If you’re outside you can do things like run to a marker and then walk to the next. This is a gradual progression to higher intensity “interval training” sessions. If you’re on a bike, elliptical or other equipment you’ll want to speed it up and go harder for 1-2 minutes (not “all out” though- that’s for interval training to come later) and then slow back down for a recovery period.

As a general rule of thumb you’ll want to double the time for recovery as you did for the higher effort work during staggered intensity workouts. You’ll want to stay in this phase for approximately four weeks if you’re a beginner before progressing to interval training workouts.

Also look to complete your staggered intensity workouts on the days you’re doing resistance training and complete your aerobic workouts on the days you’re NOT doing the resistance training. This is assuming you’re following the recommend protocol of doing resistance training 3 x per week.

For best results complete your staggered intensity workouts AFTER your resistance training workouts.

Phase Two:  Staggered Intensity & Aerobic Workouts
Duration: 30 minutes- Staggered Intensity / 30-45 minutes- Aerobic Workouts
Frequency: 3 x per week- Staggered Intensity / 2 x per week – Aerobic Workouts
Target Heart Rate Zones: 75-90% Estimated Max Heart Rate during higher intensity phases of staggered intensity and 60-70% Estimated Max Heart Rate for recovery periods.
Activities: walking, elliptical, stationary bike, bicycle, swimming, jogging, rowing machine, stair climber, etc.

Phase Three: Complete Interval Training for 30 minutes (2) x per week and moderate intensity aerobic exercise on the other (3) days per week at 30 minutes.

interval-training-treadmill1

After you’ve developed a higher level of cardiovascular conditioning with the staggered intensity workouts you’ll be ready for phase three where we’ll incorporate “interval training.”

There are many types of interval workouts but the most common workout for an individual looking to burn fat will entail completing approximately 30 seconds of high intensity exercise followed by 1:30 of recovery.

This is also referred to as “Sprint 8” training which is available exclusively on Vision Treadmills (my personal favorite due to this feature). You’ll want to warm-up by walking for 5 minutes then progress into your intervals.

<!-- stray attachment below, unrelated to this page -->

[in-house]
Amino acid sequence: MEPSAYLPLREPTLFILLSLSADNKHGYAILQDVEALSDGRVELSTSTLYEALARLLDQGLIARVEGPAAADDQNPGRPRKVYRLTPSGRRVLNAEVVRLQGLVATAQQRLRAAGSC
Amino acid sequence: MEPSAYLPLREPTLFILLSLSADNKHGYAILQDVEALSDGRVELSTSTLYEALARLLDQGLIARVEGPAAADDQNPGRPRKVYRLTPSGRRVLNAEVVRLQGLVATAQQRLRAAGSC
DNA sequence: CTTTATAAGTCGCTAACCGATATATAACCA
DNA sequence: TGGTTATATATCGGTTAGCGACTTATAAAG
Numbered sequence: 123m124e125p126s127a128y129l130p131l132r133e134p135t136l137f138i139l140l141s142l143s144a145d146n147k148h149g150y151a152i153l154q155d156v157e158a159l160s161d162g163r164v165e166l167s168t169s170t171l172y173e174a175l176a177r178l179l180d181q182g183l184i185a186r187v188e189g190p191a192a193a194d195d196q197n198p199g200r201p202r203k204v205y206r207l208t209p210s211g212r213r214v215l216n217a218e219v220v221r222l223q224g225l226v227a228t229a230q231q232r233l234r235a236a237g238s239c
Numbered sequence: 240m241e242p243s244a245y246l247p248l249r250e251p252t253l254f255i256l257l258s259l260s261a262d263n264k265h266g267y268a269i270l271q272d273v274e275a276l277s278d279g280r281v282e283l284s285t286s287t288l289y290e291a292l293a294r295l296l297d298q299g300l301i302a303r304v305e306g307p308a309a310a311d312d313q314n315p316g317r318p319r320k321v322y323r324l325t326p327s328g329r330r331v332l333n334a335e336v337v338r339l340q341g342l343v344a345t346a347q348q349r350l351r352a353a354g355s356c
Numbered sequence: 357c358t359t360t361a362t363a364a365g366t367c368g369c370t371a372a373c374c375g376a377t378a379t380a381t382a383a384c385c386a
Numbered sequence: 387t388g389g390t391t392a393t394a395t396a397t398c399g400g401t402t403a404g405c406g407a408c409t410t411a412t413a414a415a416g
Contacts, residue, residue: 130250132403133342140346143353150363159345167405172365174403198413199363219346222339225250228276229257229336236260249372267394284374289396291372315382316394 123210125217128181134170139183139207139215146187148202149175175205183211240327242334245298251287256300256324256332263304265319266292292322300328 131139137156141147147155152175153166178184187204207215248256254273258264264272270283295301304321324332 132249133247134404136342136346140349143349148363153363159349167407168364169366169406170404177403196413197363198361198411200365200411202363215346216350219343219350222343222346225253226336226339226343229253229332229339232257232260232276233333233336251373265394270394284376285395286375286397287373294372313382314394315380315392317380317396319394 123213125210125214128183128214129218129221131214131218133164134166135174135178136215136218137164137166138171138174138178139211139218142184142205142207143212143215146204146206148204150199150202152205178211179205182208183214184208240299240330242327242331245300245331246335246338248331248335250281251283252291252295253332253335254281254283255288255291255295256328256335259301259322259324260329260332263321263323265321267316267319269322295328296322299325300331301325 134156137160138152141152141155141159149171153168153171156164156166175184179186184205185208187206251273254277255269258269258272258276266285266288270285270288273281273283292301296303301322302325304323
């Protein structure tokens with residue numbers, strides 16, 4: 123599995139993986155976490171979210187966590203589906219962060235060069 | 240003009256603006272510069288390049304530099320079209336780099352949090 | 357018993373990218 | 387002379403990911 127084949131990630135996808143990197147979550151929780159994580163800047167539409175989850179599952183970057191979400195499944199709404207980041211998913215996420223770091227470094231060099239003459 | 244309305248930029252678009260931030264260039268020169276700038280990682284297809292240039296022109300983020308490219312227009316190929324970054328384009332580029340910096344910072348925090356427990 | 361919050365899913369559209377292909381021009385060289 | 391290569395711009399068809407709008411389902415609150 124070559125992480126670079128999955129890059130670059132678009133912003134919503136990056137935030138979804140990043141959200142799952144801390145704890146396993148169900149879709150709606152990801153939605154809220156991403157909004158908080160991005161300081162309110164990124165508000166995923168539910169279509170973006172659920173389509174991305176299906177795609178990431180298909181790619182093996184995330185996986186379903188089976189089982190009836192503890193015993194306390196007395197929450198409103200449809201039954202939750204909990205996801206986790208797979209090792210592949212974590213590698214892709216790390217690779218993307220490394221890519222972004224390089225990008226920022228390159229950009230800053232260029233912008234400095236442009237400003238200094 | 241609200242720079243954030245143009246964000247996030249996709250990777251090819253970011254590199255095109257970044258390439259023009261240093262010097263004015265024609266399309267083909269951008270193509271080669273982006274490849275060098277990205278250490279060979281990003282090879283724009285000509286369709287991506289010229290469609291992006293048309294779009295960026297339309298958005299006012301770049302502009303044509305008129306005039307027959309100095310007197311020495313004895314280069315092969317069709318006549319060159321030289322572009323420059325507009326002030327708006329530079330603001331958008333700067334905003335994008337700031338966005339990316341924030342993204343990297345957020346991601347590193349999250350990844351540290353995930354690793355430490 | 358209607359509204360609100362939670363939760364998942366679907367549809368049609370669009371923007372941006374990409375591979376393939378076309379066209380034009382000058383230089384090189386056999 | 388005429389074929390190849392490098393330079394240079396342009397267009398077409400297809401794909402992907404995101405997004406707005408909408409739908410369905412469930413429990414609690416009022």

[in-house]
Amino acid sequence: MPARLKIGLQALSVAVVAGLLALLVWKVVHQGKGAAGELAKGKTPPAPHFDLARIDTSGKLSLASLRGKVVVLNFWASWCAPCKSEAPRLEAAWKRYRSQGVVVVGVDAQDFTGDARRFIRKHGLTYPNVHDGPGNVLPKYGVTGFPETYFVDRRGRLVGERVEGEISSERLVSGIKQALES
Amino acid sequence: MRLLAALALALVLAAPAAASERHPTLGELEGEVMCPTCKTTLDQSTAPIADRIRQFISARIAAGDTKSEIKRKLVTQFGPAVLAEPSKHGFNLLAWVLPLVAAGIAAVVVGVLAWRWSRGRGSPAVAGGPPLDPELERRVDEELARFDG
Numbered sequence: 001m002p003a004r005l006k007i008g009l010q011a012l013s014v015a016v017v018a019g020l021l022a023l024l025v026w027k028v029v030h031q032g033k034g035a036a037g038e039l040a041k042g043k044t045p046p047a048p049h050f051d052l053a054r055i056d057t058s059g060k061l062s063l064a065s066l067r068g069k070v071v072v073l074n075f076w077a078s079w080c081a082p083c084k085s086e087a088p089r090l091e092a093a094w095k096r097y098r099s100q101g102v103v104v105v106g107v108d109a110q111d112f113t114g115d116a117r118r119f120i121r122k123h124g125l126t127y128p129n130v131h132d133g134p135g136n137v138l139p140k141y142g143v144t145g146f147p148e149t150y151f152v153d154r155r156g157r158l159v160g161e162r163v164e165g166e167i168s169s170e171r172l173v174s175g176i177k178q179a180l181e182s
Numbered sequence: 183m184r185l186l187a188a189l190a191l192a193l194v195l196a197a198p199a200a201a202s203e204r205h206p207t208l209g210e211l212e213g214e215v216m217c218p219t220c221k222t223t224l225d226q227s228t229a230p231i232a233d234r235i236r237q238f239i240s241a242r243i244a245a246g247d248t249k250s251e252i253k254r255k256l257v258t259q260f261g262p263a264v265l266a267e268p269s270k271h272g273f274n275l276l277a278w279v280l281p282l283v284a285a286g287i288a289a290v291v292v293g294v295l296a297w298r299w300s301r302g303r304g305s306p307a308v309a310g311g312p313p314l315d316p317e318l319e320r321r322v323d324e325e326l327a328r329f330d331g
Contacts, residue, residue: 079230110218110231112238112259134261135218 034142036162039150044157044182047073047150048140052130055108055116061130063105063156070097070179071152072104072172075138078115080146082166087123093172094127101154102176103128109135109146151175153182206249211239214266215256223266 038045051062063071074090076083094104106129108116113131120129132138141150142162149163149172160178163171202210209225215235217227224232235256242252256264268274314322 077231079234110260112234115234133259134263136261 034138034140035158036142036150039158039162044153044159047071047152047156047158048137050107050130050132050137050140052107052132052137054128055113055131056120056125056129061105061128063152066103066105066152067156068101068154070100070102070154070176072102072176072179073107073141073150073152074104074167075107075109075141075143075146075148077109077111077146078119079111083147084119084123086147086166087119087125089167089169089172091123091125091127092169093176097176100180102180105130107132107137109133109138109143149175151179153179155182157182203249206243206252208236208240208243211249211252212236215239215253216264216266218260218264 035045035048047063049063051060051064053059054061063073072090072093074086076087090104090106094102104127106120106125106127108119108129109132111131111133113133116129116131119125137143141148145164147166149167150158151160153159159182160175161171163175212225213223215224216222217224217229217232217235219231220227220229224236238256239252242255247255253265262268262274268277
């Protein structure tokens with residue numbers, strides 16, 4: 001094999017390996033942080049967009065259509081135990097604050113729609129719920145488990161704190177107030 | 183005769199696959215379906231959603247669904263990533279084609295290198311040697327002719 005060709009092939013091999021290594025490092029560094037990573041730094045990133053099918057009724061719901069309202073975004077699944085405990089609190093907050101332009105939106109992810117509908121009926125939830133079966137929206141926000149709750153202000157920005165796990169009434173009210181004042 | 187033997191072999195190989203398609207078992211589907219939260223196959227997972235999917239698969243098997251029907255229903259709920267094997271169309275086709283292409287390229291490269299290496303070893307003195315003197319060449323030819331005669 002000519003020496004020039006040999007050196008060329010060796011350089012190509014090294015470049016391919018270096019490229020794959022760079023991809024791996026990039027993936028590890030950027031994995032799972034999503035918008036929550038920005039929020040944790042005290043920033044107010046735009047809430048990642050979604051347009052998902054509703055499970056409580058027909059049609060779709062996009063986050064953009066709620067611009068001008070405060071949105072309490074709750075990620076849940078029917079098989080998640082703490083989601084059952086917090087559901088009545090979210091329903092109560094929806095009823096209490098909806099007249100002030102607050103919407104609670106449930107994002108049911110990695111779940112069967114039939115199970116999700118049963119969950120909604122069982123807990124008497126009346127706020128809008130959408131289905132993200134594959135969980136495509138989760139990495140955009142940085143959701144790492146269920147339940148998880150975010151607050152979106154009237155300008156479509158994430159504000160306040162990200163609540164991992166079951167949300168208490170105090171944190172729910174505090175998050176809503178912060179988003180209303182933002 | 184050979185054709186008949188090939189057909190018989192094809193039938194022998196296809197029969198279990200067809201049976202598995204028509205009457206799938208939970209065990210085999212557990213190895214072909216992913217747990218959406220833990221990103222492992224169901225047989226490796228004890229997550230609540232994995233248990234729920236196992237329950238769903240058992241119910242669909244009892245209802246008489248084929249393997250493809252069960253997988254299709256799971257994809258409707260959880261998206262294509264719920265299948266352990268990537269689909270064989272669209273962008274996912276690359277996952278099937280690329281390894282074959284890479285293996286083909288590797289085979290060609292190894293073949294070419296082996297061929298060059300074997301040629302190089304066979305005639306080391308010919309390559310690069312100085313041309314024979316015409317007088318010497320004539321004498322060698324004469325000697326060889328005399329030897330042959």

You’ll complete approximately eight intervals (increasing the speed and intensity of each one). During your intervals you’ll be working at a high level of intensity (approximately 90-100% of your estimated maximum heart rate). You’ll recover during the next 1:30 slowing down to lower your heart rate and the repeating.

Today, the best heart rate monitors can be a very useful tool (although not essential) during Interval Training in order to monitor your intensity.

Make sure you allow 3-5 minutes of cool down when you’re done with the intervals. You never want to stop “cold” at a high heart rate as this could case blood pooling in the legs and result in dizziness, fainting or even heart failure.

Completing a cardiovascular exercise routine that includes interval training is a very effective means of losing body fat. This has numerous benefits including the increase in HGH (human growth hormone), adrenaline, and other fat burning hormones.

As a general rule of thumb, look to complete your interval training workouts on the days you’re NOT doing resistance training and complete your aerobic workouts on the days you’re doing the resistance training.

For best results complete your aerobic workouts AFTER your resistance training workouts.

Phase Three:  Interval Training & Aerobic Workouts
Duration: 30 minutes- Interval Training / 30 minutes- Aerobic Workouts
Frequency: 2 x per week- Interval Training / 3 x per week – Aerobic Workouts
Target Heart Rate Zones: 90-100% Estimated Max Heart Rate during higher intensity phases of interval training and 60-75% Estimated Max Heart Rate for recovery periods.
Activities: walking, elliptical, stationary bike, bicycle, swimming, jogging, rowing machine, stair climber, etc.

Overview

The best approach for maximizing fat loss with cardiovascular training is to work ALL the energy systems. That is why we work on a progression model that gradually increases the workload intensity. The outline for progression I’ve given you allows you to efficiently work all these energy systems as your conditioning improves.

Consult with your personal trainer regarding progression and assistance with determining your target heart rate zones.

Shane Doll is a certified Charleston personal trainer, fat loss expert, speaker, and founder of Shaping Concepts Personal Training Studios. You can recieve a FREE no-obligations trial to his Charleston personal training programs and experience the Shaping Concepts difference for yourself.

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Category: Fitness Training.